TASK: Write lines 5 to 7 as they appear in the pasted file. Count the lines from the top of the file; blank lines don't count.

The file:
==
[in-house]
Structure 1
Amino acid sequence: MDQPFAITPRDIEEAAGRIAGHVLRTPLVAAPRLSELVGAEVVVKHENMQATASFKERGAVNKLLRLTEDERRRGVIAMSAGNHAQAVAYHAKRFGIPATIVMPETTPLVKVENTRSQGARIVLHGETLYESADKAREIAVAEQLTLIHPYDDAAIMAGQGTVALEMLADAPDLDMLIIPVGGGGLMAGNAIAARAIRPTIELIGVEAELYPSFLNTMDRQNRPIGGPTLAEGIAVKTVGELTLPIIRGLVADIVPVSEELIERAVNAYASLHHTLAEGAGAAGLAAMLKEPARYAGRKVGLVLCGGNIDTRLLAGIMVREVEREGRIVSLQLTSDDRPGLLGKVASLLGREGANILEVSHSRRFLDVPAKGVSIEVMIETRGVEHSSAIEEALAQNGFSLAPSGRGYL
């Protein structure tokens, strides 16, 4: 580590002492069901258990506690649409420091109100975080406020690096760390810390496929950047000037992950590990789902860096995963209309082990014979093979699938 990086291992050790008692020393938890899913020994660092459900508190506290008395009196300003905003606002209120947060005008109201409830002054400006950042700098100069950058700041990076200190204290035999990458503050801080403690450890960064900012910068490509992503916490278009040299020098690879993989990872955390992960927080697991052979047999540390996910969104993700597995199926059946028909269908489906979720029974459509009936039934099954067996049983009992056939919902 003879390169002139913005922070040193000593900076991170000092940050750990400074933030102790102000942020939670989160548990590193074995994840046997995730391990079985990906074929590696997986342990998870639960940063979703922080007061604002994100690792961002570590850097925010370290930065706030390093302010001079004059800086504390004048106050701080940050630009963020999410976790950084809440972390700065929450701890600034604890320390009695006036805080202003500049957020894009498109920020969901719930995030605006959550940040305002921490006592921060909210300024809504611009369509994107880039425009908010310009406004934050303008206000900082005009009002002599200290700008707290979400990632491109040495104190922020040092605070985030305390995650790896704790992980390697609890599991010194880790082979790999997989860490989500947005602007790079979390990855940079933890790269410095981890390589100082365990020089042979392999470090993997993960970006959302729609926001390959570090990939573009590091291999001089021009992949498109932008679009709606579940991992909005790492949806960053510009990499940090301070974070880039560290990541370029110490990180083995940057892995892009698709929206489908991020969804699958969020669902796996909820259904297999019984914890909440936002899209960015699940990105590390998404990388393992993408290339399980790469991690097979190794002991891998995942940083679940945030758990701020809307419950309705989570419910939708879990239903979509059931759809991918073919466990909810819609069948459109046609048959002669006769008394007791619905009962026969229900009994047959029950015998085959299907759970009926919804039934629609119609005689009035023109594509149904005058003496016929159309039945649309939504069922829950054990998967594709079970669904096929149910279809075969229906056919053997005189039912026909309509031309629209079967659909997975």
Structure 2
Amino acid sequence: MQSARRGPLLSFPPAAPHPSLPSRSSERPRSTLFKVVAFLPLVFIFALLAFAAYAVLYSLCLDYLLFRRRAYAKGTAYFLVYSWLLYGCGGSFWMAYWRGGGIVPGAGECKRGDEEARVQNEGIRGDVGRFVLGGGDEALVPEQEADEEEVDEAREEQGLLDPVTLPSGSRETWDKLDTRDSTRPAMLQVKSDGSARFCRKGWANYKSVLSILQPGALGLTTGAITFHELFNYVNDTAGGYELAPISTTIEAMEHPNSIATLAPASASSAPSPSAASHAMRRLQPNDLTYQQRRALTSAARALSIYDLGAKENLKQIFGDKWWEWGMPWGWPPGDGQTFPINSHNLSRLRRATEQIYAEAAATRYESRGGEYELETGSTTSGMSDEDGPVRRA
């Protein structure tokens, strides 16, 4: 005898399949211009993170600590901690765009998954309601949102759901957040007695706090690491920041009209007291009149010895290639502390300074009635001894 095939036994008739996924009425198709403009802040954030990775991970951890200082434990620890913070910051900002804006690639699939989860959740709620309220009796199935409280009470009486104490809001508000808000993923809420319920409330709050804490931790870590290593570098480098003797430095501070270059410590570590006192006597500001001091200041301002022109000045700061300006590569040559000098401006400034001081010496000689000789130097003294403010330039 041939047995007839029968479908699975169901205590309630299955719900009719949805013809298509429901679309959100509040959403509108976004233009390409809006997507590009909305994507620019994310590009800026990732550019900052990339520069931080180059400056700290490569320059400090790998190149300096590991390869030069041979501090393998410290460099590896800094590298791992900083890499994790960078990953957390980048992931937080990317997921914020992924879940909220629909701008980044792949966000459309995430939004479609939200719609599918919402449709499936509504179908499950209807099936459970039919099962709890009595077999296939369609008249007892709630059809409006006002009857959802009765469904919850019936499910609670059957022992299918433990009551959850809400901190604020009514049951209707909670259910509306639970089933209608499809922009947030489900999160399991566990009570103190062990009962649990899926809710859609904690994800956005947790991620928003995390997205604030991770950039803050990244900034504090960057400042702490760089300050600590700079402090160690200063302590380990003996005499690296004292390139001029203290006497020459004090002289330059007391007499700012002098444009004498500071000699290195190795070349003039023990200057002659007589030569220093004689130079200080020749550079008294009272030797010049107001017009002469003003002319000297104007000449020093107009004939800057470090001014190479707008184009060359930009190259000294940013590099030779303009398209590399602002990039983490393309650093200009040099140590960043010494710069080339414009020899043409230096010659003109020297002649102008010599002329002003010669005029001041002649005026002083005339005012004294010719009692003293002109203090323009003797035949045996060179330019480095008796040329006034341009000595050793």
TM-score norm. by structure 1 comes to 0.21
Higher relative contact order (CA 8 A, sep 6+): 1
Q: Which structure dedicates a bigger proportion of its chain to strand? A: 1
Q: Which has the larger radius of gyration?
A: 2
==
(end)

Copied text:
Structure 2
Amino acid sequence: MQSARRGPLLSFPPAAPHPSLPSRSSERPRSTLFKVVAFLPLVFIFALLAFAAYAVLYSLCLDYLLFRRRAYAKGTAYFLVYSWLLYGCGGSFWMAYWRGGGIVPGAGECKRGDEEARVQNEGIRGDVGRFVLGGGDEALVPEQEADEEEVDEAREEQGLLDPVTLPSGSRETWDKLDTRDSTRPAMLQVKSDGSARFCRKGWANYKSVLSILQPGALGLTTGAITFHELFNYVNDTAGGYELAPISTTIEAMEHPNSIATLAPASASSAPSPSAASHAMRRLQPNDLTYQQRRALTSAARALSIYDLGAKENLKQIFGDKWWEWGMPWGWPPGDGQTFPINSHNLSRLRRATEQIYAEAAATRYESRGGEYELETGSTTSGMSDEDGPVRRA
């Protein structure tokens, strides 16, 4: 005898399949211009993170600590901690765009998954309601949102759901957040007695706090690491920041009209007291009149010895290639502390300074009635001894 095939036994008739996924009425198709403009802040954030990775991970951890200082434990620890913070910051900002804006690639699939989860959740709620309220009796199935409280009470009486104490809001508000808000993923809420319920409330709050804490931790870590290593570098480098003797430095501070270059410590570590006192006597500001001091200041301002022109000045700061300006590569040559000098401006400034001081010496000689000789130097003294403010330039 041939047995007839029968479908699975169901205590309630299955719900009719949805013809298509429901679309959100509040959403509108976004233009390409809006997507590009909305994507620019994310590009800026990732550019900052990339520069931080180059400056700290490569320059400090790998190149300096590991390869030069041979501090393998410290460099590896800094590298791992900083890499994790960078990953957390980048992931937080990317997921914020992924879940909220629909701008980044792949966000459309995430939004479609939200719609599918919402449709499936509504179908499950209807099936459970039919099962709890009595077999296939369609008249007892709630059809409006006002009857959802009765469904919850019936499910609670059957022992299918433990009551959850809400901190604020009514049951209707909670259910509306639970089933209608499809922009947030489900999160399991566990009570103190062990009962649990899926809710859609904690994800956005947790991620928003995390997205604030991770950039803050990244900034504090960057400042702490760089300050600590700079402090160690200063302590380990003996005499690296004292390139001029203290006497020459004090002289330059007391007499700012002098444009004498500071000699290195190795070349003039023990200057002659007589030569220093004689130079200080020749550079008294009272030797010049107001017009002469003003002319000297104007000449020093107009004939800057470090001014190479707008184009060359930009190259000294940013590099030779303009398209590399602002990039983490393309650093200009040099140590960043010494710069080339414009020899043409230096010659003109020297002649102008010599002329002003010669005029001041002649005026002083005339005012004294010719009692003293002109203090323009003797035949045996060179330019480095008796040329006034341009000595050793």